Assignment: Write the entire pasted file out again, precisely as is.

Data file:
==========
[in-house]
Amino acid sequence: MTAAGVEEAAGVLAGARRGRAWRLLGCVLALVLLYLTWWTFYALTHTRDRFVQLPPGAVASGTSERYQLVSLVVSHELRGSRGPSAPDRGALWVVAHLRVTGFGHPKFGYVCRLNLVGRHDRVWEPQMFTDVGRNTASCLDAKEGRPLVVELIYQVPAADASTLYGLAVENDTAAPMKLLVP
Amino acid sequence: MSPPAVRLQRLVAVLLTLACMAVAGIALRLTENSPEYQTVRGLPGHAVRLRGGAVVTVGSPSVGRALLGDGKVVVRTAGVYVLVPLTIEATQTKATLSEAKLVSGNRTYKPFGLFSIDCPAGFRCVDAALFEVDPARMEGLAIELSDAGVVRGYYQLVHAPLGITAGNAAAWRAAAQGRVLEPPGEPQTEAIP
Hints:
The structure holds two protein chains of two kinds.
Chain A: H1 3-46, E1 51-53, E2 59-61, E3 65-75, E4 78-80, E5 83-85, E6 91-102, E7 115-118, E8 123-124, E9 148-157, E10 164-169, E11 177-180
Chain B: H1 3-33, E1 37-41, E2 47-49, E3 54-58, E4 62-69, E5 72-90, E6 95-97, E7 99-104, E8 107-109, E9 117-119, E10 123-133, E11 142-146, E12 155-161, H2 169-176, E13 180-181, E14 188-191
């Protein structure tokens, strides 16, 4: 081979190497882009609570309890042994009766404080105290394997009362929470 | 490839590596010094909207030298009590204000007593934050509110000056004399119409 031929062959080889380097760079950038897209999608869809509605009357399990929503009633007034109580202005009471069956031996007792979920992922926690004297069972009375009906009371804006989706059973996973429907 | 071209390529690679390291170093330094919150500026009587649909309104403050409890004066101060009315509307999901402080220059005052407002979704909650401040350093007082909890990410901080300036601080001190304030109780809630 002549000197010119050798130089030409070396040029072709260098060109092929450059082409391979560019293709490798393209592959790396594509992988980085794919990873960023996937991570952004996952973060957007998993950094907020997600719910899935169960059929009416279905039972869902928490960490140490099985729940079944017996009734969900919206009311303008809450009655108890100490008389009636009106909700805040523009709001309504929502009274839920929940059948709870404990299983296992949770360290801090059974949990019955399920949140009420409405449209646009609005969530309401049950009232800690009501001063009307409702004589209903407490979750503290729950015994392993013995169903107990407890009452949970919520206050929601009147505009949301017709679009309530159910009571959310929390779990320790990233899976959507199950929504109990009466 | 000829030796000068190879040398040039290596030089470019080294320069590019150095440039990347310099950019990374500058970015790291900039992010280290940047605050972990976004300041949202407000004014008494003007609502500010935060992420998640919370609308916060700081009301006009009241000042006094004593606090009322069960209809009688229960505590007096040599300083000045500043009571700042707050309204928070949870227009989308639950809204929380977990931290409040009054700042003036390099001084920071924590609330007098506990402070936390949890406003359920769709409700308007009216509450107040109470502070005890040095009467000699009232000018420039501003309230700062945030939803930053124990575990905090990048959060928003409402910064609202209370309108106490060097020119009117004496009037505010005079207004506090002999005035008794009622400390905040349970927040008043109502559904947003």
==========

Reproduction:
[in-house]
Amino acid sequence: MTAAGVEEAAGVLAGARRGRAWRLLGCVLALVLLYLTWWTFYALTHTRDRFVQLPPGAVASGTSERYQLVSLVVSHELRGSRGPSAPDRGALWVVAHLRVTGFGHPKFGYVCRLNLVGRHDRVWEPQMFTDVGRNTASCLDAKEGRPLVVELIYQVPAADASTLYGLAVENDTAAPMKLLVP
Amino acid sequence: MSPPAVRLQRLVAVLLTLACMAVAGIALRLTENSPEYQTVRGLPGHAVRLRGGAVVTVGSPSVGRALLGDGKVVVRTAGVYVLVPLTIEATQTKATLSEAKLVSGNRTYKPFGLFSIDCPAGFRCVDAALFEVDPARMEGLAIELSDAGVVRGYYQLVHAPLGITAGNAAAWRAAAQGRVLEPPGEPQTEAIP
Hints:
The structure holds two protein chains of two kinds.
Chain A: H1 3-46, E1 51-53, E2 59-61, E3 65-75, E4 78-80, E5 83-85, E6 91-102, E7 115-118, E8 123-124, E9 148-157, E10 164-169, E11 177-180
Chain B: H1 3-33, E1 37-41, E2 47-49, E3 54-58, E4 62-69, E5 72-90, E6 95-97, E7 99-104, E8 107-109, E9 117-119, E10 123-133, E11 142-146, E12 155-161, H2 169-176, E13 180-181, E14 188-191
């Protein structure tokens, strides 16, 4: 081979190497882009609570309890042994009766404080105290394997009362929470 | 490839590596010094909207030298009590204000007593934050509110000056004399119409 031929062959080889380097760079950038897209999608869809509605009357399990929503009633007034109580202005009471069956031996007792979920992922926690004297069972009375009906009371804006989706059973996973429907 | 071209390529690679390291170093330094919150500026009587649909309104403050409890004066101060009315509307999901402080220059005052407002979704909650401040350093007082909890990410901080300036601080001190304030109780809630 002549000197010119050798130089030409070396040029072709260098060109092929450059082409391979560019293709490798393209592959790396594509992988980085794919990873960023996937991570952004996952973060957007998993950094907020997600719910899935169960059929009416279905039972869902928490960490140490099985729940079944017996009734969900919206009311303008809450009655108890100490008389009636009106909700805040523009709001309504929502009274839920929940059948709870404990299983296992949770360290801090059974949990019955399920949140009420409405449209646009609005969530309401049950009232800690009501001063009307409702004589209903407490979750503290729950015994392993013995169903107990407890009452949970919520206050929601009147505009949301017709679009309530159910009571959310929390779990320790990233899976959507199950929504109990009466 | 000829030796000068190879040398040039290596030089470019080294320069590019150095440039990347310099950019990374500058970015790291900039992010280290940047605050972990976004300041949202407000004014008494003007609502500010935060992420998640919370609308916060700081009301006009009241000042006094004593606090009322069960209809009688229960505590007096040599300083000045500043009571700042707050309204928070949870227009989308639950809204929380977990931290409040009054700042003036390099001084920071924590609330007098506990402070936390949890406003359920769709409700308007009216509450107040109470502070005890040095009467000699009232000018420039501003309230700062945030939803930053124990575990905090990048959060928003409402910064609202209370309108106490060097020119009117004496009037505010005079207004506090002999005035008794009622400390905040349970927040008043109502559904947003």